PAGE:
New York: The Food, the Art, the City

Updated: Jul 2


Last week, Shawn and I went to New York with his teenage kids. Coincidentally, New York was the last trip I took before COVID (in November 2019), and my first trip after the pandemic. The city is just reopening, and we found that it wasn't completely back to normal. Some places didn't allow indoor seating, some businesses had limited hours, and others weren't open at all.


New York
Shawn and me in New York

Masks were still required at some restaurants and stores, unlike in Atlanta, where we are seeing everyone's faces again (for better or worse, ha ha). It's not surprising that New York is being cautious - they were hit badly by COVID, and it is a densely populated city with scores of tourists (including us).


Overall, though, we found that Manhattan was less crowded than usual, which made for a nice vacation.


The Food

There is no better place for dining out than New York.


I loved seeing all the outdoor patios put up by restaurants in the street, some crudely constructed, others quite elaborate. I hope the city allows the patios to remain.


Ivan Ramen in New York
Ivan Ramen in New York

Patio in New York

We ate everything from Italian to French to Japanese to Mexican. My favorite was Ivan Ramen, which Shawn chose after we saw Chef Ivan Orkin profiled on Chef's Table. Chef Ivan's story is remarkable because he is a Jewish guy from New York who outdid the Japanese when he opened a ramen shop in Japan.


I ordered the Triple Pork Triple Garlic because the noodles come in a sauce, rather than a broth. It was my favorite dish in New York.



Tie for second place goes to Angelina Bakery, featuring old-world Italian pastries and savory sandwiches, and Paris Baguette, which nearly fooled me into believing I was biting into a real Parisian croissant.


Below, sweets and savories from Angelina's Bakery

Angelina Bakery

Angelina Bakery

Angelina Bakery

Bea, in Hell's Kitchen, wins Best Atmosphere Award, with its old photos on exposed brick, "I Love Lucy" projected on the wall, a piano in the dining room and candles decorating the tables and bar. The mac & cheese and Brussels sprouts were delicious. I definitely recommend this restaurant if you are in NY.


Bea restaurant in New York

Above and below, Bea in Hell's Kitchen

Bea restaurant in New York

We also went to Chelsea Market, the model for Ponce City Market on the Atlanta BeltLine. Once the Nabisco factory where Oreos were invented, Chelsea Market now hosts restaurants, shops and food markets. While some restaurants were closed, I knew I picked a winner when I saw the line at Los Tacos No. 1. The Pollo Asado taco was my favorite, with chicken nestled inside a handmade corn tortilla, topped with verde sauce.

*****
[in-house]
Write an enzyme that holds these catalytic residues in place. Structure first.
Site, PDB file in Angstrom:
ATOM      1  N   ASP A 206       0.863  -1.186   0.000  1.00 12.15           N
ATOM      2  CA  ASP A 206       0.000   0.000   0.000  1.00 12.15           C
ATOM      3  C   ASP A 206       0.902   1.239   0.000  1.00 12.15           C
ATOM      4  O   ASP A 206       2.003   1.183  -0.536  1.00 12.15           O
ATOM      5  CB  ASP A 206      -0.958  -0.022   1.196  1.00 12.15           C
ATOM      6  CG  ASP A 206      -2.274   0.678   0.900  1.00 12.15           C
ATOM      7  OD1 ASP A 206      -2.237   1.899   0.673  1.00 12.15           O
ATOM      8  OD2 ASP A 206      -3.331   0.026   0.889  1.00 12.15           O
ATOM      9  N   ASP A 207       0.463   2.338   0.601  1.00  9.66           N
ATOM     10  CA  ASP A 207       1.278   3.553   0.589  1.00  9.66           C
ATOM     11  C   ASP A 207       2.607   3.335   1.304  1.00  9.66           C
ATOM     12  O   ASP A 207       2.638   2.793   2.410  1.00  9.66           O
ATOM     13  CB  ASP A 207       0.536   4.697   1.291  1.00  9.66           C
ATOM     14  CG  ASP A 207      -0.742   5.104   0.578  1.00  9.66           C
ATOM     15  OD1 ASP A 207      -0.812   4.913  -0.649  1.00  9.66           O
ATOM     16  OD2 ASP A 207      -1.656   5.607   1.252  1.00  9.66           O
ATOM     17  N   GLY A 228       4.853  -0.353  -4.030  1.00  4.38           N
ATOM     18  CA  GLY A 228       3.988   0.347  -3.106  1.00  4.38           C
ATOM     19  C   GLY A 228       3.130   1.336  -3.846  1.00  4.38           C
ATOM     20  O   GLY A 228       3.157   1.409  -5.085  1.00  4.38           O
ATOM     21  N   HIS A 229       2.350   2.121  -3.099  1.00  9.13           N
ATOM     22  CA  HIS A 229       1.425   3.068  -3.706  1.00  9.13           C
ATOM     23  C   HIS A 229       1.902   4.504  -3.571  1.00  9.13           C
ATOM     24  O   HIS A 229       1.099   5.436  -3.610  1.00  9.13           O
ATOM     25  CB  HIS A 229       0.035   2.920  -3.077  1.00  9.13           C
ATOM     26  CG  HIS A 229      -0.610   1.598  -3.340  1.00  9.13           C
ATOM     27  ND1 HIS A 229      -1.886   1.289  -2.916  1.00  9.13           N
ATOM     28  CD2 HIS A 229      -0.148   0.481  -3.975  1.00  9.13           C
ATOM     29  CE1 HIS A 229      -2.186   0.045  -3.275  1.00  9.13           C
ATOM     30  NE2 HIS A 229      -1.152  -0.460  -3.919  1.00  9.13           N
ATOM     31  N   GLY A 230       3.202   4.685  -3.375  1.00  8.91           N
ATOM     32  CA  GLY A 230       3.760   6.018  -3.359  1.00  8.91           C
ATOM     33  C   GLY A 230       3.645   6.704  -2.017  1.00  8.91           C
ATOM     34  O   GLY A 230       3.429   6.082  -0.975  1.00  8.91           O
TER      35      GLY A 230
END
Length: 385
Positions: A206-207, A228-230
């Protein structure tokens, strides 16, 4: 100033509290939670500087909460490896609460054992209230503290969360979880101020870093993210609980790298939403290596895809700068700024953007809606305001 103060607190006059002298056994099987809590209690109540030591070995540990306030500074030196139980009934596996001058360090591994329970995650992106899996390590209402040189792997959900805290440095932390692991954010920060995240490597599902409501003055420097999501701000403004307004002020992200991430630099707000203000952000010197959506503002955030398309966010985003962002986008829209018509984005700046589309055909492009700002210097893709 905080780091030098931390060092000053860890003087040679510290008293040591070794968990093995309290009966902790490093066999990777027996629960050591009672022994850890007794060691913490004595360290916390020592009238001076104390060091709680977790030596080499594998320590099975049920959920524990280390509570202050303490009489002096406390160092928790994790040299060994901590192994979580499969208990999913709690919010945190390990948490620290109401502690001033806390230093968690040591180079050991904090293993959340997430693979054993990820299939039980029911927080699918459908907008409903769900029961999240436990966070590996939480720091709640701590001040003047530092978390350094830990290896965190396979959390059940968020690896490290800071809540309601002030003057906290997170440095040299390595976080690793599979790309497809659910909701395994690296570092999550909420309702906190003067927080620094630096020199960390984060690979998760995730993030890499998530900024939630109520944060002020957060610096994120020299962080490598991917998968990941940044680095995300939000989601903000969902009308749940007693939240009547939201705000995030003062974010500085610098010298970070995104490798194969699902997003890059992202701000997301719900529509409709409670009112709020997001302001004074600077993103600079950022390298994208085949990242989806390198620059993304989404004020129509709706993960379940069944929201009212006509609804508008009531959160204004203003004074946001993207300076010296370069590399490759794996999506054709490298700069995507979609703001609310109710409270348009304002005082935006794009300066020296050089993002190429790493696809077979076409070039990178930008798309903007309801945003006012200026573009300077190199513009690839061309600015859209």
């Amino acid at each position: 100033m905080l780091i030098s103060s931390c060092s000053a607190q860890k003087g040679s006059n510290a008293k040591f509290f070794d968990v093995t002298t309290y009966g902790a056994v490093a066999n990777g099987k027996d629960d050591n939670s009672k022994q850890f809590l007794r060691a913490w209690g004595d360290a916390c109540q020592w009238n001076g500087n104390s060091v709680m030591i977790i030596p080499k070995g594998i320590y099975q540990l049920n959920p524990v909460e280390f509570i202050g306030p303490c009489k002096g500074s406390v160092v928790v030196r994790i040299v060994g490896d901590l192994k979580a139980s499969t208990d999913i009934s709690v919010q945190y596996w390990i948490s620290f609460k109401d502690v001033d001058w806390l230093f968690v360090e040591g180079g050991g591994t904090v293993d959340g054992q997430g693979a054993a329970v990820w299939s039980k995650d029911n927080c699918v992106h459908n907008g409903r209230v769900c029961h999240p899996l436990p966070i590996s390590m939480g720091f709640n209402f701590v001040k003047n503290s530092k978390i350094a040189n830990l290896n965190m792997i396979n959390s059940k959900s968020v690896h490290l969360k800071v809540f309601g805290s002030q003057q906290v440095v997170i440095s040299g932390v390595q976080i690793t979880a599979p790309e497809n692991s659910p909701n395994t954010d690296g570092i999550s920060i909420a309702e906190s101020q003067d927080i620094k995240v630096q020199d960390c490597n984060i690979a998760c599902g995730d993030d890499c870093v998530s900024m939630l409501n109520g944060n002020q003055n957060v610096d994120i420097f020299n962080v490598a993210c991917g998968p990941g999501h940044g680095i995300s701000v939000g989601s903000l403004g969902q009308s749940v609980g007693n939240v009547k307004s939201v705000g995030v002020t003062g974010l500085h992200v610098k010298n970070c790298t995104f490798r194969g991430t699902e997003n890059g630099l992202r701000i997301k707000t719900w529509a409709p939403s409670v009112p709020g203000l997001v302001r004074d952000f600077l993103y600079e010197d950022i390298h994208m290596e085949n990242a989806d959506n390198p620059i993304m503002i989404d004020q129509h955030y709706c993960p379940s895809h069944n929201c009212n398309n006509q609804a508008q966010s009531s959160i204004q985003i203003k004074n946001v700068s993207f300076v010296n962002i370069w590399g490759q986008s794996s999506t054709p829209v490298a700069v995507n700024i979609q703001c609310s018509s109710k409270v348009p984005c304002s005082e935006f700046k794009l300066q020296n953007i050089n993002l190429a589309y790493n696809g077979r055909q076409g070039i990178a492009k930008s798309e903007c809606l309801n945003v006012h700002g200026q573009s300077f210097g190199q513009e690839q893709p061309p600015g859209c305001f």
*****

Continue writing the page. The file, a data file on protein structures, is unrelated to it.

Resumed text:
Below, Los Tacos No. 1 and Chelsea Market

Los Tacos No. 1 in Chelsea Market
Chelsea Market

Chelsea Market

Chelsea Market

Chelsea Market

And of course, in New York, there is pizza. Thin slice. Sicilian slice. Brooklyn slice. I will take any slice.


Shawn took us to Prince Street Pizza, one of his old haunts when he lived on the Lower East Side. And I tried the famed Joe's Pizza in Times Square.


Joe's Pizza in New York

Prince Street Pizza in New York

Above, guess which is from Joe's and which is from Prince Street Pizza


The Art

I got the chance to explore some of New York's street art. I love this Zeus-like profile below by @CPWON, and Shawn was excited to find the portrait of Basquiat, a favorite of his. One of the mural artists, Al Diaz, coined the tag SAMO© (same old shit) with Basquiat, which they painted as graffiti around NY in the 1970s. He painted this mural in Brooklyn with Owen Dippie.


Below: Street art by @CPWON; Basquiat mural by Al Diaz and Owen Dippie; It's OK to Cry by @hugogyrl; Thank You Dr. Fauci by @individualactivist; an alley on the Lower East Side.


CPWON mural in New York

Basquiat mural in Brooklyn

Street art in New York
Fauci art in New York
Lower East Side alley in New York

We also went to the Guggenheim, my second visit, and saw some of the masters, including Picasso, Gaugin, Manet, Degas and Van Gogh. The spiral ramp was closed for a new exhibit installation, but we got to see plenty of inspiring art.


Picasso painting at the Guggenheim
A Picasso classic at the Guggenheim

My favorite part of the trip was rooftop comedy in Brooklyn. Every comic was funny - there were no duds. The only downside was the very steep fire escape we had to climb to access the roof (no pictures because I was too busy trying to suppress my fear of heights). But the comedy and sunset view of Manhattan were worth it.


Brooklyn rooftop comedy
Brooklyn rooftop comedy

View of Manhattan from Brooklyn

The City

Many Manhattan businesses were showing their colors for Pride month. Unfortunately, we missed the parade, held a day after we left. But it was great to see the business community support the LGBT+ community.


Macys Pride colors in New York

Above and below, Macy's and UGG decked out in rainbow colors for Pride Month

UGG during Pride in New York

We discovered new food and art in New York, and I was so glad to travel again. During the pandemic, caged up in my home, I was immensely grateful for all the trips I took when I had the chance.


Hopefully, this is just one of many more to come.


New York

New York

Brooklyn
Brooklyn



An Atlanta native, Nicole Gustin is the Founder & CEO of BiteLines, which offers walking food & art tours on the Atlanta BeltLine. She considers the BeltLine her backyard, and is excited to see how Atlanta is reinventing itself. The BiteLines blog features art, restaurants, happenings and weirdness on the Atlanta BeltLine. Share story ideas and pics at: contact@bitelines.com. Or follow on Instagram @bitelinesatl.

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